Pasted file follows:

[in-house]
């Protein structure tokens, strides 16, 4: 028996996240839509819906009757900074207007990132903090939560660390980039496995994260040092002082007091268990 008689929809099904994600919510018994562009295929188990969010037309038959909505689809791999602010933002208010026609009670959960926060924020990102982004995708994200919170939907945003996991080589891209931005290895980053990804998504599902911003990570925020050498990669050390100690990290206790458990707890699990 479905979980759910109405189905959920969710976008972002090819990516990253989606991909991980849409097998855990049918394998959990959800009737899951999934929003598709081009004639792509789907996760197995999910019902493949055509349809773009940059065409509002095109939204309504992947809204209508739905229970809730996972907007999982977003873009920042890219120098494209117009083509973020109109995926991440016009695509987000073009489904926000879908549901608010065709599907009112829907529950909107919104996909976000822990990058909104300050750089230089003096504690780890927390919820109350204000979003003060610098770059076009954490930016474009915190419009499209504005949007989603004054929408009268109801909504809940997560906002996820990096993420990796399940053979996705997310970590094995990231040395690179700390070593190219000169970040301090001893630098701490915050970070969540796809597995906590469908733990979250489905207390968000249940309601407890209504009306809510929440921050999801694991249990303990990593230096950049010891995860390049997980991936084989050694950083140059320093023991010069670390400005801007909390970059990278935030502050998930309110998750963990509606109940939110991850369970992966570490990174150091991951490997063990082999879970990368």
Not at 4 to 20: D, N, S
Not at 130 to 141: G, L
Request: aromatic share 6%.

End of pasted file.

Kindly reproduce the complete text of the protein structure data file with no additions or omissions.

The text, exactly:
[in-house]
């Protein structure tokens, strides 16, 4: 028996996240839509819906009757900074207007990132903090939560660390980039496995994260040092002082007091268990 008689929809099904994600919510018994562009295929188990969010037309038959909505689809791999602010933002208010026609009670959960926060924020990102982004995708994200919170939907945003996991080589891209931005290895980053990804998504599902911003990570925020050498990669050390100690990290206790458990707890699990 479905979980759910109405189905959920969710976008972002090819990516990253989606991909991980849409097998855990049918394998959990959800009737899951999934929003598709081009004639792509789907996760197995999910019902493949055509349809773009940059065409509002095109939204309504992947809204209508739905229970809730996972907007999982977003873009920042890219120098494209117009083509973020109109995926991440016009695509987000073009489904926000879908549901608010065709599907009112829907529950909107919104996909976000822990990058909104300050750089230089003096504690780890927390919820109350204000979003003060610098770059076009954490930016474009915190419009499209504005949007989603004054929408009268109801909504809940997560906002996820990096993420990796399940053979996705997310970590094995990231040395690179700390070593190219000169970040301090001893630098701490915050970070969540796809597995906590469908733990979250489905207390968000249940309601407890209504009306809510929440921050999801694991249990303990990593230096950049010891995860390049997980991936084989050694950083140059320093023991010069670390400005801007909390970059990278935030502050998930309110998750963990509606109940939110991850369970992966570490990174150091991951490997063990082999879970990368």
Not at 4 to 20: D, N, S
Not at 130 to 141: G, L
Request: aromatic share 6%.